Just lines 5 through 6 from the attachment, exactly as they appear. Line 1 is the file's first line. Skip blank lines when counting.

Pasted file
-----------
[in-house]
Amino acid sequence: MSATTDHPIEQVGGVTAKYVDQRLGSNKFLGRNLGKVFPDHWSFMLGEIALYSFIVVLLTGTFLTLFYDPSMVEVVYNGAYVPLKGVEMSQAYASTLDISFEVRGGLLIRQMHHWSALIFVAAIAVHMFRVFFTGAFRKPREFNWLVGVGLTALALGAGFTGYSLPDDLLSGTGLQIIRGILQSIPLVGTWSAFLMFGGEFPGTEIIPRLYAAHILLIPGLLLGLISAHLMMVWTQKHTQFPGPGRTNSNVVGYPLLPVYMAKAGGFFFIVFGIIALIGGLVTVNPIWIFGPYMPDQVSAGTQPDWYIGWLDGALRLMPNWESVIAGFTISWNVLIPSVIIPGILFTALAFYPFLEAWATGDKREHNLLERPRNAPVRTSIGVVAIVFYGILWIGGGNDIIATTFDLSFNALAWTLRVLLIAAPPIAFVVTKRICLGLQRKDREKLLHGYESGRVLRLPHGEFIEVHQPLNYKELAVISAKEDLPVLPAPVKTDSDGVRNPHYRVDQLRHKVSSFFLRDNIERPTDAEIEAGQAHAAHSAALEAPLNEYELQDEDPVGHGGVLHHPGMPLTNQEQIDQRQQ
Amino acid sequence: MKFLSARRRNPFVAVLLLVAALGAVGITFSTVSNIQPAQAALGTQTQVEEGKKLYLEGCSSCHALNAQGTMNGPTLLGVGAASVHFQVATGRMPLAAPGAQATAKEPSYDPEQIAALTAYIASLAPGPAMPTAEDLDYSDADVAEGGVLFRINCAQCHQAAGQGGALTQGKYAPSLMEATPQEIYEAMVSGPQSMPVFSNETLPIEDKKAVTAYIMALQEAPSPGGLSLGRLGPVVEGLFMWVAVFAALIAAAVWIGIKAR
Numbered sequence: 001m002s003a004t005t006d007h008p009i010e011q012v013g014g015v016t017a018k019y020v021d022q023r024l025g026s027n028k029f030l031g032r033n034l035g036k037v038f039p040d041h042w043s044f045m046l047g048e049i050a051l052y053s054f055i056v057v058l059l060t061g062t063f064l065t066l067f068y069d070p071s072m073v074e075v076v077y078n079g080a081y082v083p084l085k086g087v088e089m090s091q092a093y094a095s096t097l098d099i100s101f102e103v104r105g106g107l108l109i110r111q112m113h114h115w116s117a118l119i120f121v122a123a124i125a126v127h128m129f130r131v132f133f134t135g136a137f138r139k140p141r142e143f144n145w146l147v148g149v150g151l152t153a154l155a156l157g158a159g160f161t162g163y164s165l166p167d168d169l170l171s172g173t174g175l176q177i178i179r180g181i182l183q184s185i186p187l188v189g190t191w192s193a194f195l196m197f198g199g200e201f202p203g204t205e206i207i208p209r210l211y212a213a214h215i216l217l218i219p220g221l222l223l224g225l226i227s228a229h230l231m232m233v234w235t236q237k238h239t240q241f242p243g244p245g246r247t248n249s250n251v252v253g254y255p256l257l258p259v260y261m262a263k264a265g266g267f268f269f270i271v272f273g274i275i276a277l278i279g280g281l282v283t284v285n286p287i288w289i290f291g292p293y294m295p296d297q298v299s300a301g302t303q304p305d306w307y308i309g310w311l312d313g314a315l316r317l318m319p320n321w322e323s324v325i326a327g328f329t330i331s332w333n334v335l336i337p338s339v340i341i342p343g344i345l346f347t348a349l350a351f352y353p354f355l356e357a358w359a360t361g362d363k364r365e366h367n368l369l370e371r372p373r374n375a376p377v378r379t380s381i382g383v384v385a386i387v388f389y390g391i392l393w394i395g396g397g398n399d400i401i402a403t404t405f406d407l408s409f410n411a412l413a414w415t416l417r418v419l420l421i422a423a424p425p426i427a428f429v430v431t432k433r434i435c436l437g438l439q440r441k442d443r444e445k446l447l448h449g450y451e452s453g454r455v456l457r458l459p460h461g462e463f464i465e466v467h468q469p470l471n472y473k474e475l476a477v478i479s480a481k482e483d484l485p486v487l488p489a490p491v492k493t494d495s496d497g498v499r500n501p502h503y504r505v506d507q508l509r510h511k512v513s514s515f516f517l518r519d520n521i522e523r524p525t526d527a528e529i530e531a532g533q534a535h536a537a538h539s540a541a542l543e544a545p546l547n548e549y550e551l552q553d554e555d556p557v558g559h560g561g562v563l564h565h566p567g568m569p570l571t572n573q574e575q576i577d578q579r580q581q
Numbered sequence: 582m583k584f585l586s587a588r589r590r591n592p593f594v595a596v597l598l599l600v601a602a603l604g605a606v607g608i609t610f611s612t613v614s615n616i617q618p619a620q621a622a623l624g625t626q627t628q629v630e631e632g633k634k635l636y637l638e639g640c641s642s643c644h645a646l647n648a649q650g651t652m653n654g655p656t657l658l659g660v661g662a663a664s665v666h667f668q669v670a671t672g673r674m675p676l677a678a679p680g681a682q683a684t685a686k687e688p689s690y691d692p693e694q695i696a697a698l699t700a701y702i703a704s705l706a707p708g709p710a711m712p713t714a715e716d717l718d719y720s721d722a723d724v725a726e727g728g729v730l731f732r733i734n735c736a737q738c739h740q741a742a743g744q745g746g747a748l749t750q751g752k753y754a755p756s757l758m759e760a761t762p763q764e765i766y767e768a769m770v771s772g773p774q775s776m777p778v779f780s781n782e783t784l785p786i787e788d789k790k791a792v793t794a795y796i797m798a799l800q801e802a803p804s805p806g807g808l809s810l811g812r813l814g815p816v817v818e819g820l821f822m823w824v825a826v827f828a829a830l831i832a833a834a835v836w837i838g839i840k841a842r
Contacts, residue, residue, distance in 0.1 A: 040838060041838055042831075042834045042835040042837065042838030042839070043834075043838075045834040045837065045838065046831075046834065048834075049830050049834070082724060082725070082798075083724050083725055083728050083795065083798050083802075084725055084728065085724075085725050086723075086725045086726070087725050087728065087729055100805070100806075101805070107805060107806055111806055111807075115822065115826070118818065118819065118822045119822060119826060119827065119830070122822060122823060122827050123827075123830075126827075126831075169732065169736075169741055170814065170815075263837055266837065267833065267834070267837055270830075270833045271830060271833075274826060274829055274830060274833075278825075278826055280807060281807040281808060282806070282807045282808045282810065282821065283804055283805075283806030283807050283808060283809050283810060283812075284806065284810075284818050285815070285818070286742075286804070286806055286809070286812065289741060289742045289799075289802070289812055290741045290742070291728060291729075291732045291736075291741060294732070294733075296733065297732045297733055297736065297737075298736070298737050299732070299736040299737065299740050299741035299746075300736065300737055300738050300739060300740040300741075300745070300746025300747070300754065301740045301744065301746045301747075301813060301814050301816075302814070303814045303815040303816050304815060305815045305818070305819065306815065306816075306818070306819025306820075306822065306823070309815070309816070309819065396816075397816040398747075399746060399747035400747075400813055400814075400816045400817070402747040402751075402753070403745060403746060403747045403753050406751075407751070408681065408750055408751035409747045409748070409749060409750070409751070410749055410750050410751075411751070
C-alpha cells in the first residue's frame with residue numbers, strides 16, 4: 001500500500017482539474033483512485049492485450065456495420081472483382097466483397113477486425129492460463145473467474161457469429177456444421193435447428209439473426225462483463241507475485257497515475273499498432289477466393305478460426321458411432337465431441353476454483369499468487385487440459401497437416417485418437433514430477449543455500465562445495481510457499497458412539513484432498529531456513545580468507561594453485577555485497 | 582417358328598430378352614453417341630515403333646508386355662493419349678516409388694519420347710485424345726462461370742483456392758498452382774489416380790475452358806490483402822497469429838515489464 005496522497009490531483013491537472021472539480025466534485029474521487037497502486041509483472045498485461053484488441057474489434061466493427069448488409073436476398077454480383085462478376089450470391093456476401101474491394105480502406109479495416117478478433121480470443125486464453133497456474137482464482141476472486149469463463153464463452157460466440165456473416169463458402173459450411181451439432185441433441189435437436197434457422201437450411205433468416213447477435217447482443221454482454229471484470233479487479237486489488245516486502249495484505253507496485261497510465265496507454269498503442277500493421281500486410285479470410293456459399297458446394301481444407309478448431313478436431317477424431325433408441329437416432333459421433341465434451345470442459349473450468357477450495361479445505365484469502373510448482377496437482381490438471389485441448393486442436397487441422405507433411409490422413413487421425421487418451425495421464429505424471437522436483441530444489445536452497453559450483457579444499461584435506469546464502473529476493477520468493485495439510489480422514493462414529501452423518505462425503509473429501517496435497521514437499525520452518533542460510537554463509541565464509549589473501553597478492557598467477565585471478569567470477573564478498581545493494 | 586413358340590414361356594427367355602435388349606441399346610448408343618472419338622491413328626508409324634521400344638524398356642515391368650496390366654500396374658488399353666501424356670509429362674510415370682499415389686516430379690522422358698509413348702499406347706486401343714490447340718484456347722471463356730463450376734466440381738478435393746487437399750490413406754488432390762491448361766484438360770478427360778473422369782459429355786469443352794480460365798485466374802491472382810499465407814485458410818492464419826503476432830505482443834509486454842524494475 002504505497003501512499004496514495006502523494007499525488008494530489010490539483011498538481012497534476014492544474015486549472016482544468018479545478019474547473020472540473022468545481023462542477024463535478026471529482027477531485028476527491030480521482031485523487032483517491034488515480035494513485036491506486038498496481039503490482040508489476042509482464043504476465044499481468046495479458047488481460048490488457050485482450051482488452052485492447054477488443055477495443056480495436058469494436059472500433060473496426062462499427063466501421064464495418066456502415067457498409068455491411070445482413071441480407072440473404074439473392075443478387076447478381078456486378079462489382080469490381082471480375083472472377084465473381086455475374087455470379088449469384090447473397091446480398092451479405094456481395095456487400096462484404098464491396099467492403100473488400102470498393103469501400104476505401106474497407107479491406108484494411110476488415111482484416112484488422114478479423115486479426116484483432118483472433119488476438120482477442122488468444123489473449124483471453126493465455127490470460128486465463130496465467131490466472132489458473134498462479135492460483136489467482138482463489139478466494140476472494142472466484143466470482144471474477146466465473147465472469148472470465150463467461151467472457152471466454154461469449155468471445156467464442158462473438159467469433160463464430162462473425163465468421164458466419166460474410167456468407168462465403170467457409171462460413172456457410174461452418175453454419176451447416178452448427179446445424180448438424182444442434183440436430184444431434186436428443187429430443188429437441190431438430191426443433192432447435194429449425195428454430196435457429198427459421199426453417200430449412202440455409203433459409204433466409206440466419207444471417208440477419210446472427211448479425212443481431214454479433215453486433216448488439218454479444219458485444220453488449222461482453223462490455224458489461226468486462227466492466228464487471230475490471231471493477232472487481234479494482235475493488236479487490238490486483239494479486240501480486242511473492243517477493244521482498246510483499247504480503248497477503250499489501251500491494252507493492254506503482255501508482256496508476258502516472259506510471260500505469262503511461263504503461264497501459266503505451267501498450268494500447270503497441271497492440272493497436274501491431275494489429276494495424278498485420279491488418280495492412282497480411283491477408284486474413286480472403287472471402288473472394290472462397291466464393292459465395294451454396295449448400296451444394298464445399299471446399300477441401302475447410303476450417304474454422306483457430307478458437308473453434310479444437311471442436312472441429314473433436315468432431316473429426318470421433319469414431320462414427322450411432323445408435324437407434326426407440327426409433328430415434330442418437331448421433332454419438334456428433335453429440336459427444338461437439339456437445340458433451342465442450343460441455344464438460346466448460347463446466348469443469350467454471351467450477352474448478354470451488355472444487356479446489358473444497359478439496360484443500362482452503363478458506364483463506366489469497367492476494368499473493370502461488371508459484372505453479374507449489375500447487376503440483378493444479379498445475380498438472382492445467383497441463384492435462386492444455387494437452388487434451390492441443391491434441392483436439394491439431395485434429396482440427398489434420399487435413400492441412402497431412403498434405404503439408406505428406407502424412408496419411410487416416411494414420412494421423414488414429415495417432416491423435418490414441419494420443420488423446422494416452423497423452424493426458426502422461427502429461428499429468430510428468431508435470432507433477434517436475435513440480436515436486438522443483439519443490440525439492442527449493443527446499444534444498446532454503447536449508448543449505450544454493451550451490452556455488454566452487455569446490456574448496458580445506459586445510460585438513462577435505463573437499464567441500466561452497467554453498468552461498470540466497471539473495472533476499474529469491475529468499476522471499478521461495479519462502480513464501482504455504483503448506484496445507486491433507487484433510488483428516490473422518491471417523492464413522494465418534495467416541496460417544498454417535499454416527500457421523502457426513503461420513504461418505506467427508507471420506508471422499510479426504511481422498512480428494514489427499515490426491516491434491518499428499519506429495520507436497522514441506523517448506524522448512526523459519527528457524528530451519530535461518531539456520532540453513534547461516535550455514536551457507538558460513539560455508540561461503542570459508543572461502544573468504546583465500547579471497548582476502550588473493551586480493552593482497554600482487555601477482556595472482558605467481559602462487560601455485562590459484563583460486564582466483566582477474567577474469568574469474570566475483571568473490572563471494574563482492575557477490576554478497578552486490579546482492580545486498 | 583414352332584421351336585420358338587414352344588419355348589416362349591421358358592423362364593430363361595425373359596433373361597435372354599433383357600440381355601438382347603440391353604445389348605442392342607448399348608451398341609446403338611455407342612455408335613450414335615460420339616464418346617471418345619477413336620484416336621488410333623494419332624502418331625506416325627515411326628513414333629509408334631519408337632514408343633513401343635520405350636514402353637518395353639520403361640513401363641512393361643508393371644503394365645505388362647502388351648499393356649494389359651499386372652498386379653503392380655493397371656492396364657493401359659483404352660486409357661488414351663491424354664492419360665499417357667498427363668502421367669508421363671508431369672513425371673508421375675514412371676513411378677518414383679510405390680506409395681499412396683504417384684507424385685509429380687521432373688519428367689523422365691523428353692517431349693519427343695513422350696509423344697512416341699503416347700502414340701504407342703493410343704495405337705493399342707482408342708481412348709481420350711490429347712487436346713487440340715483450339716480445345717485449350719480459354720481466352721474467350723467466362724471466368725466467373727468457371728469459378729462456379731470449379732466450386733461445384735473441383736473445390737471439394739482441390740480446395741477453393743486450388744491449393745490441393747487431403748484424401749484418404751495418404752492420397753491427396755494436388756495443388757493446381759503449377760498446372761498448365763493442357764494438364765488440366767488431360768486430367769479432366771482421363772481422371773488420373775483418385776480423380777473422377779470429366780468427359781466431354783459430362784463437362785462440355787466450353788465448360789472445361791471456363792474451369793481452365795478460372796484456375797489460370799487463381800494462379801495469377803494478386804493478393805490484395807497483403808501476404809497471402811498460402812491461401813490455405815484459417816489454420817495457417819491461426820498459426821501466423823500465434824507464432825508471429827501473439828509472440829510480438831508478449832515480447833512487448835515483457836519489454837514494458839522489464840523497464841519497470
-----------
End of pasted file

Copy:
Numbered sequence: 582m583k584f585l586s587a588r589r590r591n592p593f594v595a596v597l598l599l600v601a602a603l604g605a606v607g608i609t610f611s612t613v614s615n616i617q618p619a620q621a622a623l624g625t626q627t628q629v630e631e632g633k634k635l636y637l638e639g640c641s642s643c644h645a646l647n648a649q650g651t652m653n654g655p656t657l658l659g660v661g662a663a664s665v666h667f668q669v670a671t672g673r674m675p676l677a678a679p680g681a682q683a684t685a686k687e688p689s690y691d692p693e694q695i696a697a698l699t700a701y702i703a704s705l706a707p708g709p710a711m712p713t714a715e716d717l718d719y720s721d722a723d724v725a726e727g728g729v730l731f732r733i734n735c736a737q738c739h740q741a742a743g744q745g746g747a748l749t750q751g752k753y754a755p756s757l758m759e760a761t762p763q764e765i766y767e768a769m770v771s772g773p774q775s776m777p778v779f780s781n782e783t784l785p786i787e788d789k790k791a792v793t794a795y796i797m798a799l800q801e802a803p804s805p806g807g808l809s810l811g812r813l814g815p816v817v818e819g820l821f822m823w824v825a826v827f828a829a830l831i832a833a834a835v836w837i838g839i840k841a842r
Contacts, residue, residue, distance in 0.1 A: 040838060041838055042831075042834045042835040042837065042838030042839070043834075043838075045834040045837065045838065046831075046834065048834075049830050049834070082724060082725070082798075083724050083725055083728050083795065083798050083802075084725055084728065085724075085725050086723075086725045086726070087725050087728065087729055100805070100806075101805070107805060107806055111806055111807075115822065115826070118818065118819065118822045119822060119826060119827065119830070122822060122823060122827050123827075123830075126827075126831075169732065169736075169741055170814065170815075263837055266837065267833065267834070267837055270830075270833045271830060271833075274826060274829055274830060274833075278825075278826055280807060281807040281808060282806070282807045282808045282810065282821065283804055283805075283806030283807050283808060283809050283810060283812075284806065284810075284818050285815070285818070286742075286804070286806055286809070286812065289741060289742045289799075289802070289812055290741045290742070291728060291729075291732045291736075291741060294732070294733075296733065297732045297733055297736065297737075298736070298737050299732070299736040299737065299740050299741035299746075300736065300737055300738050300739060300740040300741075300745070300746025300747070300754065301740045301744065301746045301747075301813060301814050301816075302814070303814045303815040303816050304815060305815045305818070305819065306815065306816075306818070306819025306820075306822065306823070309815070309816070309819065396816075397816040398747075399746060399747035400747075400813055400814075400816045400817070402747040402751075402753070403745060403746060403747045403753050406751075407751070408681065408750055408751035409747045409748070409749060409750070409751070410749055410750050410751075411751070